Atr vs Dash-8

Introducing a new model of aircraft into the fleet is never an easy task. Before doing so the airline needs to take into consideration numerous different challenges which it might face on the way. These different challenges vary according to the kind of model the airline plans on introducing. For example, numerous airlines that have introduced the A380 needed to make sure that both their home airport and destination airports were ready to handle them with the installation of, for example,  specialized gates and wider taxiways. When speaking of smaller aircraft, not necessarily regionals but, for example, members of the Boeing 737 family, challenges are usually smaller but not to be ignored.


The region of ex-Yugoslavia hosts a bunch of crippled airlines trying to become regional carriers without fully understanding what that means. The pack is led by Croatia Airlines which was the only airline to actually successfully replace a model in its fleet with a newer, more advanced one.

One could argue that Montenegro Airlines could make the cut but the fact that their market is far from liberated and that the airline has little competition doesn’t make it fair for us to put them in the same category.

Croatia Airlines’ replacement of their Atr-42 fleet with the Dash-8  was a smart move. Regarding their domestic market it made little difference as all flights are less than one hour. The main difference is that now they can use their fuel-efficient turboprops on the vast majority of European routes.


In Belgrade the decision on what to do with the ageing Atrs is not that easy. Jat doesn’t have the domestic market of Croatia, which means that for them it is far more important to define their business plan before making any rash decision regarding the fleet renewal.

One of the possibilities is to postpone the replacement of their B737-300 fleet and instead to concentrate on revising their regional network. With a reinforced regional network additional feed will be enabled in Belgrade and in such a way increase the average loadfactor on their mainline fleet.


As described in the previous post, there is a considerable origin and destination market between Belgrade and various areas of ex-Yugoslavia. However,  bus companies currently hold the monopoly by offering lower fares and multiple departure times.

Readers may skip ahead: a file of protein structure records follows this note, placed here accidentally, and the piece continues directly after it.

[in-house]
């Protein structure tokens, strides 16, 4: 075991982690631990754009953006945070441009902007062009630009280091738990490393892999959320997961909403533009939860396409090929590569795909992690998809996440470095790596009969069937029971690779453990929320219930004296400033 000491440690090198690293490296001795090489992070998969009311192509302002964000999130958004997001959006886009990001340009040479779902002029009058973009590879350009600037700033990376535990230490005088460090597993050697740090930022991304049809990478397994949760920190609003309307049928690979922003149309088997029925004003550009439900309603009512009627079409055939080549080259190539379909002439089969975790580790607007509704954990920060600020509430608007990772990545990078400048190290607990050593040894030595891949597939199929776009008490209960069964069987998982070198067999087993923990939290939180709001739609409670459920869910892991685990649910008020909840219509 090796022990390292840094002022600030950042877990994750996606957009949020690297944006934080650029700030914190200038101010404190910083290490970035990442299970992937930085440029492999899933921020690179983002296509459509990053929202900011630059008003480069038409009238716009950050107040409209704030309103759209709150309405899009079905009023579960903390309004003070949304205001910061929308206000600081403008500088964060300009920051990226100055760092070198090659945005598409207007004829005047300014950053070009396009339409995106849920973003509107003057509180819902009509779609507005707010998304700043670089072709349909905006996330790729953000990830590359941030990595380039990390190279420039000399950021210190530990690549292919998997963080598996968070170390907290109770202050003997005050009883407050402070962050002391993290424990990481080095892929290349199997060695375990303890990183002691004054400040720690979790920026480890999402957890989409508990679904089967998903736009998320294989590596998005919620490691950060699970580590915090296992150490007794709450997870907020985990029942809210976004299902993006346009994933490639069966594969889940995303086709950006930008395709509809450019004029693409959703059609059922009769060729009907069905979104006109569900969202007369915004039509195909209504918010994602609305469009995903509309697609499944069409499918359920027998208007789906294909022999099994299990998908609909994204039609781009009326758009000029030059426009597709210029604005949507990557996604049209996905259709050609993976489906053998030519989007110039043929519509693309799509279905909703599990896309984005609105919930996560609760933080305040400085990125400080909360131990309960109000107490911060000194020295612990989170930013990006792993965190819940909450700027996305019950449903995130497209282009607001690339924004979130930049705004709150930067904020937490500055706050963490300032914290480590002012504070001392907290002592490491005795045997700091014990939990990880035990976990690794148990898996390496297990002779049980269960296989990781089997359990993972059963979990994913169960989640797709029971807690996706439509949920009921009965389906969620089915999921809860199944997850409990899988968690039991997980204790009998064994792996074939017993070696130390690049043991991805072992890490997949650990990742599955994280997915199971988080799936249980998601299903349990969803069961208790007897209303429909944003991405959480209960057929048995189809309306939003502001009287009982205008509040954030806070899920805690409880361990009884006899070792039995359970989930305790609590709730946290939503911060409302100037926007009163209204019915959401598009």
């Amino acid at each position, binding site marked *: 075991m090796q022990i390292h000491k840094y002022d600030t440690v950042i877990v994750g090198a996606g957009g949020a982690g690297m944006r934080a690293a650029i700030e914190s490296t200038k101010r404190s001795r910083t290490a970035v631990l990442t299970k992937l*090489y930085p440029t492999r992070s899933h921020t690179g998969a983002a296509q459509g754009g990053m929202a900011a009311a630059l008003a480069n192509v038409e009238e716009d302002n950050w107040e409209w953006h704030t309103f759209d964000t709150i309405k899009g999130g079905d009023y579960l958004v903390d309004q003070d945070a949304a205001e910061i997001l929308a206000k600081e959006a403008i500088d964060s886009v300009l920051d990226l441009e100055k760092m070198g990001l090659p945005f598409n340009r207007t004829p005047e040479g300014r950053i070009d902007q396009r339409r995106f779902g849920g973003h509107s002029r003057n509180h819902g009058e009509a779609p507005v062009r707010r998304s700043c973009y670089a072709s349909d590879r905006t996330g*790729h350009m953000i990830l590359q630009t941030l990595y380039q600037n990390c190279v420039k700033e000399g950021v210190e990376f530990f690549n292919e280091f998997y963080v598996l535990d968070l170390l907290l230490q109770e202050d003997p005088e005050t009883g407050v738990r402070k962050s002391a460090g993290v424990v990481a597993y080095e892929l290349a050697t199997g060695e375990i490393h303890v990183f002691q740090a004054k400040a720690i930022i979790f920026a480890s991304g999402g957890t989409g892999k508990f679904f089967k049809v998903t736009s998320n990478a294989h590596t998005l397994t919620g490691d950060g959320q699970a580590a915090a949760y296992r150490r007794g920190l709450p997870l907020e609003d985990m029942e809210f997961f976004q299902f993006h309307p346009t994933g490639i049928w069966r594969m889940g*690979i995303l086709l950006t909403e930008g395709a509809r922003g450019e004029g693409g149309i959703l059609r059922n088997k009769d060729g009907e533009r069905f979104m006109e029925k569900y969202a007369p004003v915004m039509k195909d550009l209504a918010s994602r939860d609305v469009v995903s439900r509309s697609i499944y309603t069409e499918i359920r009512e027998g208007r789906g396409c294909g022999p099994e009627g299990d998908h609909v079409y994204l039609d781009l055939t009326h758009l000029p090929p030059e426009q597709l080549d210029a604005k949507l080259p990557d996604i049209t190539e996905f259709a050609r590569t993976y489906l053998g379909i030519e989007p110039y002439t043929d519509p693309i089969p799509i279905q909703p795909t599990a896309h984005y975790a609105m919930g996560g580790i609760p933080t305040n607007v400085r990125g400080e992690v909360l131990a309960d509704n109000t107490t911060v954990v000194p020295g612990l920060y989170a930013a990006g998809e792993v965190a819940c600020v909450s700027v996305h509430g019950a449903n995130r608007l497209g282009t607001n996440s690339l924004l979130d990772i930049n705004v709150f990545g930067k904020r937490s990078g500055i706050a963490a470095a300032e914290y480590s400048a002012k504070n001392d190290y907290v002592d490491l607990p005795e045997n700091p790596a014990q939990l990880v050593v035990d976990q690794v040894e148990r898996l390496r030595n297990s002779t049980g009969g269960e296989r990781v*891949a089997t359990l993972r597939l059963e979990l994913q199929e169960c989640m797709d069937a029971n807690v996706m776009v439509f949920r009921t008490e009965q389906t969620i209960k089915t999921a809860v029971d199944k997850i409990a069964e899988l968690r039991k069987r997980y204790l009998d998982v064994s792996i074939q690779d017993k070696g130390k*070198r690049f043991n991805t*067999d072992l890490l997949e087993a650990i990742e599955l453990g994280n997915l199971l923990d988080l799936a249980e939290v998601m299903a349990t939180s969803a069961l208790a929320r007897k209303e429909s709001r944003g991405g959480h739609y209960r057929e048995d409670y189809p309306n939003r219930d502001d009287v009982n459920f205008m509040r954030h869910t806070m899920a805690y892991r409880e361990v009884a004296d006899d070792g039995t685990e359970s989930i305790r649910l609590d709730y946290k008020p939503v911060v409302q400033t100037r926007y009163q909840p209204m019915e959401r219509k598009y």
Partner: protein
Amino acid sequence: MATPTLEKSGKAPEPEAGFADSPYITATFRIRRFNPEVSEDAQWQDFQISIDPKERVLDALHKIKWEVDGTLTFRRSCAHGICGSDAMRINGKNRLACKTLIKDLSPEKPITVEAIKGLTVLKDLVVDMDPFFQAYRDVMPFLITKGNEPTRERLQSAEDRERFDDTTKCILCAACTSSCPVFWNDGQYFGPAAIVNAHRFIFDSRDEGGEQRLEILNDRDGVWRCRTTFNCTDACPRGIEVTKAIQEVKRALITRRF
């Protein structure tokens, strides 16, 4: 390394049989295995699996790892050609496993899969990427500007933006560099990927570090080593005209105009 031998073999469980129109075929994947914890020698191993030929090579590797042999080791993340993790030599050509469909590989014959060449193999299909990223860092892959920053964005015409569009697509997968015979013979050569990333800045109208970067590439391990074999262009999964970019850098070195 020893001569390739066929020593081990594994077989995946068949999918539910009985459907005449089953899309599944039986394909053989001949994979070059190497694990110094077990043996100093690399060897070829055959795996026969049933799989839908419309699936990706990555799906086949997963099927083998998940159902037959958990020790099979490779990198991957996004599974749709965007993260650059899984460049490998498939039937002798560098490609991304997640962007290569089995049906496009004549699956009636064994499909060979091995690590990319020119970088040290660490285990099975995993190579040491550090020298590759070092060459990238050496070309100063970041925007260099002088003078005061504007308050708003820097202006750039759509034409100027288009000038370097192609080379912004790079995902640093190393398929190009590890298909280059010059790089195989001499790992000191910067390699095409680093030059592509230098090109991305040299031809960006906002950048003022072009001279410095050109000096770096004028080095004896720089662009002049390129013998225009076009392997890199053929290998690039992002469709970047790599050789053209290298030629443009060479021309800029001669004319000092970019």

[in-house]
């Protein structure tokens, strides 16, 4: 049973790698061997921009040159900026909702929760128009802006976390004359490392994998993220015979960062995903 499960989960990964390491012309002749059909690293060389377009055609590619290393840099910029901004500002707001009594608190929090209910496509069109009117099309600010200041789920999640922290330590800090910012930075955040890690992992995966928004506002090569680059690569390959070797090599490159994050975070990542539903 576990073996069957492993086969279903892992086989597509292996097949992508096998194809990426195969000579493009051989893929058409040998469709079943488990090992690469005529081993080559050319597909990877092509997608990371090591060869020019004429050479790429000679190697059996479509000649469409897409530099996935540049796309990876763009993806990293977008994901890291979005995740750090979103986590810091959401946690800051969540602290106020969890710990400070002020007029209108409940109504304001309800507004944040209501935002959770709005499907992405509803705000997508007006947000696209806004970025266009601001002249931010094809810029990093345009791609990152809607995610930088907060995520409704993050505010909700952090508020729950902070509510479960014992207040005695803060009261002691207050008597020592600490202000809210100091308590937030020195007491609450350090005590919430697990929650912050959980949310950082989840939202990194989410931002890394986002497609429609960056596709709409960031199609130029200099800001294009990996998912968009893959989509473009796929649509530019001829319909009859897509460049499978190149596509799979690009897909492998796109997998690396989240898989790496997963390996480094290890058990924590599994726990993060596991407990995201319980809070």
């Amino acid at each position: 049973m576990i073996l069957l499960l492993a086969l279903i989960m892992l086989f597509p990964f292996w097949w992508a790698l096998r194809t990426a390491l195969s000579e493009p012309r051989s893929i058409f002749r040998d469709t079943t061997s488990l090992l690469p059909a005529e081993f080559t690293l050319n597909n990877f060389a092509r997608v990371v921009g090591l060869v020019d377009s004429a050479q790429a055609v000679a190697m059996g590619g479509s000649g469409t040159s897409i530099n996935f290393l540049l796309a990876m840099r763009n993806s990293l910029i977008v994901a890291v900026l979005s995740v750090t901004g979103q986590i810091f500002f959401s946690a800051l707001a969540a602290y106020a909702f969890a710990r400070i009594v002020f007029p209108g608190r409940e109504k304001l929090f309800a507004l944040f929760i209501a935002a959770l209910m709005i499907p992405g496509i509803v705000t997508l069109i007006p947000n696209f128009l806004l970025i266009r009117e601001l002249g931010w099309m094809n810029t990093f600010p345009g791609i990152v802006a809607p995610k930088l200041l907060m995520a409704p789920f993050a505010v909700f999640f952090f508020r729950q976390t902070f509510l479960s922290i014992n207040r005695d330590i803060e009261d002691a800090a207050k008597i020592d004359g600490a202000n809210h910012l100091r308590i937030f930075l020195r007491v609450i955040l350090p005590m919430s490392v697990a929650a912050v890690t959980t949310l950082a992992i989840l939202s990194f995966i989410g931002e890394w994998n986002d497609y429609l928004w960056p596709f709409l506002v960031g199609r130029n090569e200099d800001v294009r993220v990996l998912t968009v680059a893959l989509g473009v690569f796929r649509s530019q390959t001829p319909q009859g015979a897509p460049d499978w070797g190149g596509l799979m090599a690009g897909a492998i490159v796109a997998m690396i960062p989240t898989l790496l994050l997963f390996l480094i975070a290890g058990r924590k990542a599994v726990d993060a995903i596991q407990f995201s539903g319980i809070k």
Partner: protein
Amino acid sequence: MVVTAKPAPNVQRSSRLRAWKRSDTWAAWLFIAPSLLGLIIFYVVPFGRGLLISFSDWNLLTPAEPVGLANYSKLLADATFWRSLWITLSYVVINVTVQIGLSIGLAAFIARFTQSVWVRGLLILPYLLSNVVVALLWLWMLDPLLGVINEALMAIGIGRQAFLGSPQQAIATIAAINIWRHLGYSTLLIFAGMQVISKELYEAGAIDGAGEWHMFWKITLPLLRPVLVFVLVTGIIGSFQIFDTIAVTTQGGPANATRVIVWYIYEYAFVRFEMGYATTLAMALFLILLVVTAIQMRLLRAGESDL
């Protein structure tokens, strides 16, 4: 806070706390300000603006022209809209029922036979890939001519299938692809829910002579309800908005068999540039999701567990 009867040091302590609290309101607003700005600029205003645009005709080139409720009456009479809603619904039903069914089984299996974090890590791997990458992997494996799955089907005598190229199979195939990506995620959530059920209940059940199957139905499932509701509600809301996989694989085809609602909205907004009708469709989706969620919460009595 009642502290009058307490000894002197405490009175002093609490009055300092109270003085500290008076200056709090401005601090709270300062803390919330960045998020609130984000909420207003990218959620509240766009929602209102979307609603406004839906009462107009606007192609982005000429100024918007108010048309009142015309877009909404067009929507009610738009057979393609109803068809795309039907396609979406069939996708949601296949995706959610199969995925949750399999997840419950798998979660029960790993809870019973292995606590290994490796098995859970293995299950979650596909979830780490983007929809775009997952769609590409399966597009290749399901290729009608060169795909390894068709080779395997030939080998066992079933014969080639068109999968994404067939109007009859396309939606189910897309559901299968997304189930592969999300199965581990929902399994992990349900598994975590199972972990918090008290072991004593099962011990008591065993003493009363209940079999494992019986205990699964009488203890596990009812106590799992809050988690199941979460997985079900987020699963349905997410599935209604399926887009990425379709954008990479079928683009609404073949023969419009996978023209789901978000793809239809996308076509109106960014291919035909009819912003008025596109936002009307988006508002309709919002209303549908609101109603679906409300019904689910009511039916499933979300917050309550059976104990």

In order to lure more passengers into flying to these destinations, Jat Airways will need to enter a price and comfort war against the bus companies. Most of the roads across this region are bad and travel times are usually very long, whereas they are reachable by air in less than an hour.

In order to be able to make a profit and still offer lower fares it would be advisable for Jat to create a subsidiary airline, similar to EuroLot in Poland.

Lot’s  subsidiary airline operates mostly on domestic flights using regional Atr aircraft. These aircraft are used both to feed Lot’s flights out of Warsaw and also to offer multiple daily departures to various Polish cities at a very low price.

Flights to Montenegro are popular due to the extremely bad condition of the road system making bus rides the equivalent of a ride to hell. That is why Jat should prioritize the resumption of the year round Dubrovnik service since not only is it difficult to access by road but it is also the Croatian city with the greatest potential.


By combining low prices with a strong marketing campaign Jat will succeed in stealing passengers from bus companies. With this campaign in place regional cities could be served several times per day, offering numerous connecting possibilities via Belgrade and at the same time giving flexibility to O&D passengers.


One main difference between Lot and Jat is that unlike Jat, Lot has a lot of Embraer jets which have enabled it to offer multiple flights per day to various European cities. Jat’s core fleet is made up of B737-300s with a total capacity of 125 seats making it difficult to offer several daily departures to various European cities.


This is where another problem arises: if Jat opts to enlarge its fleet of Atrs instead of introducing the Dash aircraft then it will be practically impossible for the airline to send them to key European routes outside the Balkans such as Rome, Milan, Zurich…

By introducing the Dash-8 aircraft they could add additional frequencies to these routes without dumping capacity on them. Double daily B737 would offer 250 seats whereas a daily B737 and Dash-8 would offer 193 seats.


The only problem with the Dash aircraft would be the lack of servicing facilities in Belgrade. Jat Thenika would have to be issued a certificate for servicing this model of aircraft.

Since it is not a secret that Jat needs a regional aircraft for longer thinner routes, which might be too long for the Dash, it would be wiser for them to spend more money in enabling Jat Tehnika to service these aircraft and to slowly start building their fleet around Boeings, Embraers and Dashes.


As always, Jat Airways needs a strategy that will enable it to reverse its falling market share in Belgrade. Unfortunately with the current management that will most definitely not happen.



One Response to Atr vs Dash-8

  1. Dan Kirkup says:

    Nice article. At first I thought I would see an in-depth comparison between the ATR and DH8 but I found your content to be informative nonetheless. I am new to the blog world and just started my own but being based in Canada the inner workings of the European companies and some of their challenges has been great to read. I look forward to reading more.

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